Soul music (often referred to simply as soul) is a popular music genre that originated in the African American community in the United States in the 1950s and early 1960s. It combines elements of African-American gospel music, rhythm and blues and jazz. Soul music became popular for dancing and listening in the United States, where record labels such as Motown, Atlantic and Stax were influential during the Civil Rights Movement. Soul also became popular around the world, directly influencing rock music and the music of Africa.
According to the Rock and Roll Hall of Fame, soul is “music that arose out of the black experience in America through the transmutation of gospel and rhythm & blues into a form of funky, secular testifying”. Catchy rhythms, stressed by handclaps and extemporaneous body moves, are an important feature of soul music. Other characteristics are a call and response between the lead vocalist and the chorus and an especially tense vocal sound. The style also occasionally uses improvisational additions, twirls and auxiliary sounds. Soul music reflected the African-American identity and it stressed the importance of an African-American culture. The new-found African-American consciousness led to new styles of music, which boasted pride in being black.
Soul music dominated the U.S. R&B chart in the 1960s, and many recordings crossed over into the pop charts in the U.S., Britain and elsewhere. By 1968, the soul music genre had begun to splinter. Some soul artists developed funk music, while other singers and groups developed slicker, more sophisticated, and in some cases more politically conscious varieties. By the early 1970s, soul music had been influenced by psychedelic rock and other genres, leading to psychedelic soul. The United States saw the development of neo soul around 1994. There are also several other subgenres and offshoots of soul music.
The key subgenres of soul include the Detroit (Motown) style, a more pop-friendly and rhythmic style; deep soul and southern soul, driving, energetic soul styles combining R&B with southern gospel music sounds; Memphis soul, a shimmering, sultry style; New Orleans soul, which came out of the rhythm and blues style; Chicago soul, a lighter gospel-influenced sound; Philadelphia soul, a lush orchestral sound with doo-wop-inspired vocals; psychedelic soul, a blend of psychedelic rock and soul music; as well as categories such as blue-eyed soul, which is soul music performed by white artists; British soul; and Northern soul, rare soul music played by DJs at nightclubs in Northern England. …
but in the Sixties Soul was a very imporant part of the international music scene … it was the golden age of Soul !
Writer Peter Guralnick is among those to identify Solomon Burke as a key figure in the emergence of soul music, and Atlantic Records as the key record label. Burke’s early 1960s songs, including “Cry to Me”, “Just Out of Reach” and “Down in the Valley” are considered classics of the genre. Guralnick wrote:
“Soul started, in a sense, with the 1961 success of Solomon Burke’s “Just Out Of Reach”. Ray Charles, of course, had already enjoyed enormous success (also on Atlantic), as had James Brown and Sam Cooke — primarily in a pop vein. Each of these singers, though, could be looked upon as an isolated phenomenon; it was only with the coming together of Burke and Atlantic Records that you could begin to see anything even resembling a movement.”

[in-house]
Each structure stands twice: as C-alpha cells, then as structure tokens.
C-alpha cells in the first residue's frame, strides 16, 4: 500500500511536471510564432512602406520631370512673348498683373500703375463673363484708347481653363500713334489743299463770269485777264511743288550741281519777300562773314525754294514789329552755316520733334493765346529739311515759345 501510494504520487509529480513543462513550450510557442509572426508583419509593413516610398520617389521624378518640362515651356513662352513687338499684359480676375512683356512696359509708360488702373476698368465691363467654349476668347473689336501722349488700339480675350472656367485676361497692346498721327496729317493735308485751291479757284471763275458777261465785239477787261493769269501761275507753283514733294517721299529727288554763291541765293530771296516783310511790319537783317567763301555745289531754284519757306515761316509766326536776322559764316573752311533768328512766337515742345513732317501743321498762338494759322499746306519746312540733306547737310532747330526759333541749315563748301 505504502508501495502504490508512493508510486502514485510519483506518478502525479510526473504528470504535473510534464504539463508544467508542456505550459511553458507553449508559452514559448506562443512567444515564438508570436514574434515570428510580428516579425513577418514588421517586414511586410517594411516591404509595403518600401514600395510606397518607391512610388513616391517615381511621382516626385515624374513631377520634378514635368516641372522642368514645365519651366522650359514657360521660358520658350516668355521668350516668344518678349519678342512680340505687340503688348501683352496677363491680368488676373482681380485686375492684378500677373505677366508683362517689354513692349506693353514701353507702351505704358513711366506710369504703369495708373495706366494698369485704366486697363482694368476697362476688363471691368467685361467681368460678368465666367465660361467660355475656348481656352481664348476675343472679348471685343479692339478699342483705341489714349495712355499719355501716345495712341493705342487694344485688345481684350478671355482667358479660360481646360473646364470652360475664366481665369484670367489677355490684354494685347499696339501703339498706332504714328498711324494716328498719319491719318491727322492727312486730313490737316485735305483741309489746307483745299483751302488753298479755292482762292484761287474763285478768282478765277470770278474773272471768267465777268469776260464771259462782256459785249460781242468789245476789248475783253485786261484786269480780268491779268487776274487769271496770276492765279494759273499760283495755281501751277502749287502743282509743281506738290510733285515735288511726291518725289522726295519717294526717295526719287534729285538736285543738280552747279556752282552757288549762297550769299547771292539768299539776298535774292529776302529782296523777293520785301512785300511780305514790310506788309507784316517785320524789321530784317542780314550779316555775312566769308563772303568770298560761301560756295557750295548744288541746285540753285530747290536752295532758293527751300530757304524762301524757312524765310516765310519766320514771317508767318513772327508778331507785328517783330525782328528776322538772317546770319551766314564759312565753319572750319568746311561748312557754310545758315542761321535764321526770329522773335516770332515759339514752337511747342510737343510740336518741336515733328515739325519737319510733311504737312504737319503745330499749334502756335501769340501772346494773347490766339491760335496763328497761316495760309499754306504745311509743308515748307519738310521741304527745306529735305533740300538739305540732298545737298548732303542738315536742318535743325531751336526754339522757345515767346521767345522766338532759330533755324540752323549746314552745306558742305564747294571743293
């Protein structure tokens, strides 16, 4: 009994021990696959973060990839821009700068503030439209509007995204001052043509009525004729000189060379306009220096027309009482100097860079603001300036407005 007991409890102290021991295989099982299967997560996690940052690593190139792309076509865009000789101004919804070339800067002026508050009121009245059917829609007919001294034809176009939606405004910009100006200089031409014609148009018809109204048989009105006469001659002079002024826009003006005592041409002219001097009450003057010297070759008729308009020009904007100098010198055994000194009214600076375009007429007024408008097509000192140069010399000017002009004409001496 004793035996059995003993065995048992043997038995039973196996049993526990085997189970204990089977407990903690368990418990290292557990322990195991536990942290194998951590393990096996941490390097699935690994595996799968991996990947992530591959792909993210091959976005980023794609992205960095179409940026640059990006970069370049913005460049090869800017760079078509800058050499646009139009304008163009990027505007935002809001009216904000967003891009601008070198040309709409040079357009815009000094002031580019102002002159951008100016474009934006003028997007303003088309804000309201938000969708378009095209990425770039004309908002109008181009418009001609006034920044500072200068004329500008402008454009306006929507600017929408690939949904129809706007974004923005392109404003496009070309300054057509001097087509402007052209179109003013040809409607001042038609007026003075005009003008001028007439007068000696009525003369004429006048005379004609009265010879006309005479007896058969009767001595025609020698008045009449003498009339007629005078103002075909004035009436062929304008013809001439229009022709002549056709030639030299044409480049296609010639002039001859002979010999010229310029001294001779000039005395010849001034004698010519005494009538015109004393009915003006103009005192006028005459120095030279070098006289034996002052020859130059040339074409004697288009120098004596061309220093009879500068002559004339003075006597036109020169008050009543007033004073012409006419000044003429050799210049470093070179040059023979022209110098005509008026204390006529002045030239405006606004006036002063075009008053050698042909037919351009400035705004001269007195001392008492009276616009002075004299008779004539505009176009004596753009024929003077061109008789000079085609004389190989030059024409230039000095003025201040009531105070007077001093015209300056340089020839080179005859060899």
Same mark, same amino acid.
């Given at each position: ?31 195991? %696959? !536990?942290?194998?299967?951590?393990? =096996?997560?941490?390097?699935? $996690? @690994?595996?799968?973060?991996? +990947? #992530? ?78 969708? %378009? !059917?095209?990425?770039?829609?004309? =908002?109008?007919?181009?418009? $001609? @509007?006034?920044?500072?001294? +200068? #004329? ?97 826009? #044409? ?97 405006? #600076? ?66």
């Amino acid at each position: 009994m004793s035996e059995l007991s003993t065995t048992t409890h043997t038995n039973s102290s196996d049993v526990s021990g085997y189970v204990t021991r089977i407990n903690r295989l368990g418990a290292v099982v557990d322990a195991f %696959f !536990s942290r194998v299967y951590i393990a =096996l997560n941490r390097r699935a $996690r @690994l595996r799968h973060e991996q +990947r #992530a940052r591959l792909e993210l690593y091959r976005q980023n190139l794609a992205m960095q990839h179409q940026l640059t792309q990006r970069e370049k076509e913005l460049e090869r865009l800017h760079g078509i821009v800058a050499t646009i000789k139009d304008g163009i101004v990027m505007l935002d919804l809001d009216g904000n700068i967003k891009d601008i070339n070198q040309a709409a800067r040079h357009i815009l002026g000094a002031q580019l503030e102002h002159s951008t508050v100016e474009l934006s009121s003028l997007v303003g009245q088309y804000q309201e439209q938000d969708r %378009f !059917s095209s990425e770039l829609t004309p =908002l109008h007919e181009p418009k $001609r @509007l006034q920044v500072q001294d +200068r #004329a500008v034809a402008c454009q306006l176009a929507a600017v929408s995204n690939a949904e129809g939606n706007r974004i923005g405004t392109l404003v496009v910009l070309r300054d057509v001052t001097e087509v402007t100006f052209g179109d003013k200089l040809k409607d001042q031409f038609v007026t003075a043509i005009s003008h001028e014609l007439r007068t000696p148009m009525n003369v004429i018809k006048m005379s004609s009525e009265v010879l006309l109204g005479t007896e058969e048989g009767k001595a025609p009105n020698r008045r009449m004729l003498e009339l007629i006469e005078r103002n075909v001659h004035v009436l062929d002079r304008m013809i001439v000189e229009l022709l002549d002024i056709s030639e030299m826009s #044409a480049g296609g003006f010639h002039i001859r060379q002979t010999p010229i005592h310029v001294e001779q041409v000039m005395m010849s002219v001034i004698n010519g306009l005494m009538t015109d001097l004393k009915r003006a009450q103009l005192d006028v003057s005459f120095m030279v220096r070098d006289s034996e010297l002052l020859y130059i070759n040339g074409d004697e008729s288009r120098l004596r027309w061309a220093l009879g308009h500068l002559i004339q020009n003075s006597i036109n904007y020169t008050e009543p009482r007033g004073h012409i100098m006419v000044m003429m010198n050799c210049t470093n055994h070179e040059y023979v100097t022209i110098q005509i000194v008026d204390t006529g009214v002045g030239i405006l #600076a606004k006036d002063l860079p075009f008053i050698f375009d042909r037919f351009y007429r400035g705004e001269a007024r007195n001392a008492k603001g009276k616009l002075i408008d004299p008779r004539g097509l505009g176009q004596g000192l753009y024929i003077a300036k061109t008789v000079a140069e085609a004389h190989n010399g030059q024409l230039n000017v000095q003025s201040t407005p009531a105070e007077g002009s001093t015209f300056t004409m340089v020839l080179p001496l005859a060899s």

Aretha Franklin is widely known as the “Queen of Soul”
Ben E. King also achieved success in 1961 with “Stand By Me”, a song directly based on a gospel hymn. By the mid-1960s, the initial successes of Burke, King and others had been surpassed by new soul singers, including Stax artists such as Otis Redding and Wilson Pickett, who mainly recorded in Memphis, Tennessee, and Muscle Shoals, Alabama. According to Jon Landau:
“Between 1962 and 1964 Redding recorded a series of soul ballads characterized by unabashedly sentimental lyrics usually begging forgiveness or asking a girlfriend to come home…. He soon became known as “Mr. Pitiful” and earned a reputation as the leading performer of soul ballads.”
The most important female soul singer to emerge was Aretha Franklin, originally a gospel singer who began to make secular recordings in 1960 but whose career was later revitalised by her recordings for Atlantic. Her 1967 recordings, such as “I Never Loved a Man (The Way I Love You)”, “Respect” (written and originally recorded by Otis Redding), and “Do Right Woman, Do Right Man” (written by Chips Moman and Dan Penn), were significant and commercially successful productions.
Soul music dominated the U.S. African-American music charts in the 1960s, and many recordings crossed over into the pop charts in the U.S. Otis Redding was a huge success at the Monterey Pop Festival in 1967. The genre also became highly popular in the UK, where many leading acts toured in the late 1960s. “Soul” became an umbrella term for an increasingly wide variety of R&B-based music styles – from the dance and pop-oriented acts at Motown Records in Detroit, such as The Temptations, Marvin Gaye and Stevie Wonder, to “deep soul” performers such as Percy Sledge and James Carr. Different regions and cities within the U.S., including New York City, Detroit, Chicago, Memphis, New Orleans, Philadelphia, and Muscle Shoals, Alabama (the home of FAME Studios and Muscle Shoals Sound Studios) became noted for different subgenres of the music and recording styles.